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SAID in STEM will be co-hosting a Wikipedia Edit-A-Thon at the Salk Institute for Biological Studies. What is a Wikipeda Edit-A-Thon? Join us on Saturday September 7th 2019 from 8:15am-1pm to find out! Or read below…
There currently exists a dearth of women in science, technology, engineering, and mathematics fields. Further, women working in these fields are not being recognized for their contributions, achievements, and discoveries. Only 17.7% of the English Wikipedia biographies belong to women due to a systemic bias in the presentation of women’s achievements. BUT this number has increased by 2.7% in the past 5 years largely due to Wikipedia Edit-A-Thons – events which aim to create and edit Wikipedia pages for notable women. These efforts increase the number of female role models for aspiring STEM trainees and highlighting the well deserved achievements of women begins to change the systemic bias that STEM-is-male. To learn more about Wikipedia Edit-A-Thons, check out Farah Qaiser’s post on SisterSTEM.
The Salk Wikipedia Edit-A-Thon will focus on editing and creating pages for notable women in STEM. The event will begin with keynote speaker, Dr. Pamela Cosman professor of Computer Science at UCSD. She will be discussing the history of women in science in addition to her research on interruptions and introductions during faculty recruiting for male versus female applicants. Afterwards, we will bring in Wikipedia experts to teach the group how to create and edit Wikipedia pages. This lesson will be followed with food, drinks, and dedicated time to create and edit Wikipedia pages for notable women in STEM. Our collaborators include San Diego Science Writer’s Association and 500 Women Scientists San Diego Pod.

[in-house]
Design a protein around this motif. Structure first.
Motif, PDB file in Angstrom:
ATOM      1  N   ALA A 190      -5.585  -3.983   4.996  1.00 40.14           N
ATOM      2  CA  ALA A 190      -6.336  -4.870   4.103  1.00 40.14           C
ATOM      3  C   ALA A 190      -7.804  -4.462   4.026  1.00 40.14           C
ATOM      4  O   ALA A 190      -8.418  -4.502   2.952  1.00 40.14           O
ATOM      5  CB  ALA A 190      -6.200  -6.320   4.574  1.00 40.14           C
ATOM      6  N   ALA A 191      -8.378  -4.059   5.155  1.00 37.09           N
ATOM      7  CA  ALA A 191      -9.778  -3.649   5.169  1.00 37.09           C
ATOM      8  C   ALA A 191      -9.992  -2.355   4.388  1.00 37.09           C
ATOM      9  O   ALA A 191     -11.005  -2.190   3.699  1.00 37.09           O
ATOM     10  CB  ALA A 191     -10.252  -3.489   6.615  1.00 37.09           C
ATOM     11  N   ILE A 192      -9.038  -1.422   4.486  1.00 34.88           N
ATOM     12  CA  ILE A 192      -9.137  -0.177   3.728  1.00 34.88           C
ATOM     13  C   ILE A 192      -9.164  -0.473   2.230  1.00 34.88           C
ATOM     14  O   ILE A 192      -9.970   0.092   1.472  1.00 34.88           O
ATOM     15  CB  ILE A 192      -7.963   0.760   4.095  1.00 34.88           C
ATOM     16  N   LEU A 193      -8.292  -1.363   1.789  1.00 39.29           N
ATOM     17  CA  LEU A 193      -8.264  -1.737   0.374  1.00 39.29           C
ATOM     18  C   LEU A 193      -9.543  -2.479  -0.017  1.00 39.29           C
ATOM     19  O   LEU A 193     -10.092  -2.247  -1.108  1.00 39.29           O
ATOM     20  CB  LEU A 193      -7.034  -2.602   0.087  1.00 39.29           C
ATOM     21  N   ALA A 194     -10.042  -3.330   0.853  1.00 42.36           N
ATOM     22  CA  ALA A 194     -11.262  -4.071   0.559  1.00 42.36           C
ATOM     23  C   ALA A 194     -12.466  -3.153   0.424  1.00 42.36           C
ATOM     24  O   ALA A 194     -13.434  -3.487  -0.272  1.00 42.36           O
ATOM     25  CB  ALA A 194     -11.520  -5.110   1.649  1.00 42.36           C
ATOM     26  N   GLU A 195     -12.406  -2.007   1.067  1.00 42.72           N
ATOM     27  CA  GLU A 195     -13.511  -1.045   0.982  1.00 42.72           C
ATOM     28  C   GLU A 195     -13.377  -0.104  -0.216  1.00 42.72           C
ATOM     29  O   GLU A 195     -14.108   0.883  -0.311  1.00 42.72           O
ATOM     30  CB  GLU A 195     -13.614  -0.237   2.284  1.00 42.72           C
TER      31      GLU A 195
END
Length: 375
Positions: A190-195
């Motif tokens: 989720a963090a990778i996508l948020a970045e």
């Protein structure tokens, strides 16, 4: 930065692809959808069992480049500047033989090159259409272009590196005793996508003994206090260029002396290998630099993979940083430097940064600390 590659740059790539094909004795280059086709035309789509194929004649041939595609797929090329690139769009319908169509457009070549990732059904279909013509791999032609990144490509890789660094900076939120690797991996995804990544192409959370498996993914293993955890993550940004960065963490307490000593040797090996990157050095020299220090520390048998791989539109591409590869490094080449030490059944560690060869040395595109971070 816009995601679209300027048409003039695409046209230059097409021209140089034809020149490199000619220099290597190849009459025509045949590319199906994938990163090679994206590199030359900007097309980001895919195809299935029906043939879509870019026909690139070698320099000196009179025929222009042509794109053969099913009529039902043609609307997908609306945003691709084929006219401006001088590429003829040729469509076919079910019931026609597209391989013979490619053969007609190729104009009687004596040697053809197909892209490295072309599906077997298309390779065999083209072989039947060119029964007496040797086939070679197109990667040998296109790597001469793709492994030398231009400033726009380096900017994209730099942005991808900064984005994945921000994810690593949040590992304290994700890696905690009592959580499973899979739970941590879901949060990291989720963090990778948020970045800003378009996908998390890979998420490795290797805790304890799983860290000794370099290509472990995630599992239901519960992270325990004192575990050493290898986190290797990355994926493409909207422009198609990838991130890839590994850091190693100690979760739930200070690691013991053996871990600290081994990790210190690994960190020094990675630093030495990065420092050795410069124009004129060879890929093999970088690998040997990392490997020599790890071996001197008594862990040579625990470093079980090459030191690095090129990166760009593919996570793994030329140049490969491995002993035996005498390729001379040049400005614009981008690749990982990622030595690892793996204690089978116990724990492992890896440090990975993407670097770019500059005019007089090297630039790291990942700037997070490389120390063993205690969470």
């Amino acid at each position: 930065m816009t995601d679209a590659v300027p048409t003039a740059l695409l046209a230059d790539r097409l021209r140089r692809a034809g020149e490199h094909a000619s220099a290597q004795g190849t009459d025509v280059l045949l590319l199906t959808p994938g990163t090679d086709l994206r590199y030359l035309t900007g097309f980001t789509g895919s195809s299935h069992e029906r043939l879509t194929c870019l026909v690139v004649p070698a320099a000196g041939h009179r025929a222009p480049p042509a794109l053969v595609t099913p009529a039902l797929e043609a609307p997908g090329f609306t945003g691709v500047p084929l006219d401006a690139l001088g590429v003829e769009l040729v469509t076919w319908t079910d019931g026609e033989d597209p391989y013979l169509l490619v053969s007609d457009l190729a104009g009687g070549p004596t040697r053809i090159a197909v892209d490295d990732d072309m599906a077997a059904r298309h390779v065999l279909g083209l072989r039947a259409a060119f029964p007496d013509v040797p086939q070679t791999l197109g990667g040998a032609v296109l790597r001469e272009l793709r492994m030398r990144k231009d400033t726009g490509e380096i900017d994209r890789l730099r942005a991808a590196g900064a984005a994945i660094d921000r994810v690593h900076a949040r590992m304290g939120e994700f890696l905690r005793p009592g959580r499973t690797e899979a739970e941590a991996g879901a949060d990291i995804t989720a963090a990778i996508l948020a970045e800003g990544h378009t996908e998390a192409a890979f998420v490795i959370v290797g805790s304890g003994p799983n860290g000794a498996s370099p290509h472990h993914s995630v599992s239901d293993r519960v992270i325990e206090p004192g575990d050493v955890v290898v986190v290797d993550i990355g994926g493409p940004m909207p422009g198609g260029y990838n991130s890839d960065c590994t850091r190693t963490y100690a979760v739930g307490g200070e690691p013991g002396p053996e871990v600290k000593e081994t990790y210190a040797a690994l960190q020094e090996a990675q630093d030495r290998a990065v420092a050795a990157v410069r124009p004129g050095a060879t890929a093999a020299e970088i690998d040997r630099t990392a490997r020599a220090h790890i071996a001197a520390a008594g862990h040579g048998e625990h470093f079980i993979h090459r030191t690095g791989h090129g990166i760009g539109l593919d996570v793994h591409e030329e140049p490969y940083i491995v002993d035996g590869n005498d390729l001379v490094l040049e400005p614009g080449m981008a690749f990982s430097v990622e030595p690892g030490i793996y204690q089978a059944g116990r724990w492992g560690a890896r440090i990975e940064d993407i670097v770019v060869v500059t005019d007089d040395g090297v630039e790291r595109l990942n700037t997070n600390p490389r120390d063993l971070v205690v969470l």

For more information about the Edit-A-Thon check out this link to sign up. Also, PLEASE sign up for your own Wikipedia account ahead of time!
Salk Institute Seminar Series
SAID in STEM will be co-organizing a 4-part seminar series at the Salk Institute for Biological Studies to highlight the stories of diverse scientists that pave the way for a more inclusive STEM community.
MIT Seminar Series